Tuesday, January 04, 2011
ROCHESTER, Minn. — Pain when opening and closing the mouth to chew or talk usually doesn't signal a serious problem, according to the January issue of Mayo Clinic Women's HealthSource.
The source of the problem may be the temporomandibular (TM) joint, which connects the lower jaw (mandible) to the bone at the side of the head (temporal bone) and allows the jaw to move up and down and side to side. Muscles that control the jaw also may play a role.
There are a number of misconceptions about temporomandibular joint and muscle disorders, says Kevin Reid, D.M.D., a Mayo Clinic dentist with special interest in TM disorders.
"A lot of people assume that if you have any pain in your face or jaw it's due to some sort of temporomandibular joint problem, when in fact it may be due to a muscle problem or a number of disorders affecting jaw movement," says Dr. Reid.
No single test can help in diagnosing TM disorders. Diagnosis is based on medical history, a clinical exam and imaging. The source of pain may include trauma to the jaw, arthritis, headaches or sinus infections.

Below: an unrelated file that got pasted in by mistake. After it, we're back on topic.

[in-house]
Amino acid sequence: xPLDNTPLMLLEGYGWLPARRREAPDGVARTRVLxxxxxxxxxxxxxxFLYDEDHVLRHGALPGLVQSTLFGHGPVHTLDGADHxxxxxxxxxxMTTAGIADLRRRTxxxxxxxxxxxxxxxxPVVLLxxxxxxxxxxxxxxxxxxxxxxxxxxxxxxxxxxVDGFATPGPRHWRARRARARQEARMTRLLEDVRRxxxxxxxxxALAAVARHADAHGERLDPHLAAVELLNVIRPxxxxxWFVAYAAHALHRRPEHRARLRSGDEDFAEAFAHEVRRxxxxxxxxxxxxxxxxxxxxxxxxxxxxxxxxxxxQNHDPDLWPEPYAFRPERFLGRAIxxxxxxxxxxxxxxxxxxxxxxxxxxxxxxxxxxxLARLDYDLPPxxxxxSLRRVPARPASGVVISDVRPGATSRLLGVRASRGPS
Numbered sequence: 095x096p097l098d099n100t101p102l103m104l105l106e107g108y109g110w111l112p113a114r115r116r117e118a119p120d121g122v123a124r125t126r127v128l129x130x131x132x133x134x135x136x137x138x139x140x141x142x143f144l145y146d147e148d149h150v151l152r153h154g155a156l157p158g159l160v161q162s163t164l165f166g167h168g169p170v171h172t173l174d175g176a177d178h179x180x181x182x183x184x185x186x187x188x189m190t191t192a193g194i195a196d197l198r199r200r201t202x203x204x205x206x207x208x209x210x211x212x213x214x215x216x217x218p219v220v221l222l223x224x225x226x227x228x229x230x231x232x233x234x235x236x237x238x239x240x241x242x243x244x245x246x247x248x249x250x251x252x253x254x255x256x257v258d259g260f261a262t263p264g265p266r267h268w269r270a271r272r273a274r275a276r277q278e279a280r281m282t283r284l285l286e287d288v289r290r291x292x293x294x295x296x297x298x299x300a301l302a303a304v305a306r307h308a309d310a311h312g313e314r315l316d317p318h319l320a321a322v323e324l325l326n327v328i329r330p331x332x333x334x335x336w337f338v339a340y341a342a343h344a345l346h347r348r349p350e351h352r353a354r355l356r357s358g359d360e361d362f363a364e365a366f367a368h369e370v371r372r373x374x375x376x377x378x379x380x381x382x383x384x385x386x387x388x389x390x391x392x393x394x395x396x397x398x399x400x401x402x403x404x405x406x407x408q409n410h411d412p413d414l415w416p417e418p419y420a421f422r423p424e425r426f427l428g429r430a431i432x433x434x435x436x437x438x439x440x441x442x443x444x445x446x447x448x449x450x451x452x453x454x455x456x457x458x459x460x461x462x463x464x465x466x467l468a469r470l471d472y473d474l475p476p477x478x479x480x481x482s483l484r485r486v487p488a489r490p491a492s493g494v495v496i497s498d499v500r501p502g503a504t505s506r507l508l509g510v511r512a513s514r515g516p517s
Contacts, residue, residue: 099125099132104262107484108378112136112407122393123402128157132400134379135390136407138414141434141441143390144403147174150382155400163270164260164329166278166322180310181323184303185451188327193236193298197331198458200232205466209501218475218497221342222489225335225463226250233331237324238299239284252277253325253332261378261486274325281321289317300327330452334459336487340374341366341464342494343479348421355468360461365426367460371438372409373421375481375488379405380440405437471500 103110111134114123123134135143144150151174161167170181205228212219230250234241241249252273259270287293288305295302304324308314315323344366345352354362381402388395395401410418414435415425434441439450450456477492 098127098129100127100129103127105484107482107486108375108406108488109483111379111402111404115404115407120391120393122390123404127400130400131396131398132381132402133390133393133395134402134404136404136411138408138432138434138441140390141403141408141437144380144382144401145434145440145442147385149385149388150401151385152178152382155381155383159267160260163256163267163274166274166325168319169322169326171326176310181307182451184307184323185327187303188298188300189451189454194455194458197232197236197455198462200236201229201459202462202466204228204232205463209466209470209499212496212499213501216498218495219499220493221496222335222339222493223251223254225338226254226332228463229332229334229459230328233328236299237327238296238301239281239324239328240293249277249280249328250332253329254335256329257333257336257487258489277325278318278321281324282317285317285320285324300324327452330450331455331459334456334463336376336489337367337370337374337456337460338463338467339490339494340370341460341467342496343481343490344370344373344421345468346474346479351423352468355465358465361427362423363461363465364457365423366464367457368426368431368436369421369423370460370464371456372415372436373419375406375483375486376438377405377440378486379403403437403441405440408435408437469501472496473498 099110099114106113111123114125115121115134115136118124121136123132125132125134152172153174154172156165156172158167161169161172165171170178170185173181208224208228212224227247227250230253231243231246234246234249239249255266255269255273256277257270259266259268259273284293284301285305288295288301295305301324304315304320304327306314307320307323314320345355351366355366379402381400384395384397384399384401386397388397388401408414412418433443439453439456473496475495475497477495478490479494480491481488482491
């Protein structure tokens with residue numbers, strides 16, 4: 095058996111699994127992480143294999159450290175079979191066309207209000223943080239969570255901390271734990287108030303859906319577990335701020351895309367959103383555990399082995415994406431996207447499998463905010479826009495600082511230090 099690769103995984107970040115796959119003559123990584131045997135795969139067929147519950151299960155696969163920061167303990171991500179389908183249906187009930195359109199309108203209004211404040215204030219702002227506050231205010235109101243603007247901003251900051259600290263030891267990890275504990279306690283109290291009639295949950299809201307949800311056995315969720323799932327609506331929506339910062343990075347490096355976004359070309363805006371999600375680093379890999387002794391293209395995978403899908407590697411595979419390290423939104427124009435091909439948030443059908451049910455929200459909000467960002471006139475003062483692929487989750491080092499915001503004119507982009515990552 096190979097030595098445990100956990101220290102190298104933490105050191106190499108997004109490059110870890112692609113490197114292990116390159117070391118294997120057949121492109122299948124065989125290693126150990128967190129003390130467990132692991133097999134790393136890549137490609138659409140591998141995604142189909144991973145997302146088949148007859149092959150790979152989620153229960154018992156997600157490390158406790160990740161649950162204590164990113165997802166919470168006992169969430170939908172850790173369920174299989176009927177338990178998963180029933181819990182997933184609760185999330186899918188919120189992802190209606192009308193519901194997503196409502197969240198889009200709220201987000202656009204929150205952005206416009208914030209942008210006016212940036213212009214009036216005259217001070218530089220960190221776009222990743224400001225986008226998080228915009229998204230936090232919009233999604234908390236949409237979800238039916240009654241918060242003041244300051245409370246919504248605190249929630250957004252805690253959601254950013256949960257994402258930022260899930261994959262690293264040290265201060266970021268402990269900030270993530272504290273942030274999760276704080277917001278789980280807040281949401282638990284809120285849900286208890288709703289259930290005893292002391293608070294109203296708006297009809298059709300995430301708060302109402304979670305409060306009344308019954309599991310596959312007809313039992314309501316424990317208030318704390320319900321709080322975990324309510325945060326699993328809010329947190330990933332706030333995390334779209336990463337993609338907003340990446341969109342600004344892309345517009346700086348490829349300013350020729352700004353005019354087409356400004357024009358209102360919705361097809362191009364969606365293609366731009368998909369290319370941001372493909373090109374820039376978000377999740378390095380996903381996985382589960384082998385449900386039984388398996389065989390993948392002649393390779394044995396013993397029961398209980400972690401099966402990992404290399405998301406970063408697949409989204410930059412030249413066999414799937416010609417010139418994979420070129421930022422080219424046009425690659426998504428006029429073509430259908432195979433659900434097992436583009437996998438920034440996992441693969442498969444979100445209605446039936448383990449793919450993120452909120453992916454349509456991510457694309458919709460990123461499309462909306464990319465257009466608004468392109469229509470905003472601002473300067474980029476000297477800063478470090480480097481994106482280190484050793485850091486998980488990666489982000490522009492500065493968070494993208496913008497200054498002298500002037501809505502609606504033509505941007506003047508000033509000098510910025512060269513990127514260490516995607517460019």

"In fact, it's unlikely that a TM disorder is due to just one thing. It's more likely due to a complex and diverse group of causes," says Dr. Reid. No evidence shows that the way teeth come together causes the problem.
Simple, noninvasive treatments usually provide relief. Treatments may include applying moist heat or ice. Behavior modification may reduce factors that aggravate pain, such as clenching or teeth grinding. A splint or mouth guard might be helpful for a short time. Often, the pain associated with TM disorders goes away on its own.
"The bottom line is that even severe pain typically doesn't warrant costly, invasive treatment to change your bite," says Dr. Reid. He advises seeking a second opinion if this type of treatment is recommended.
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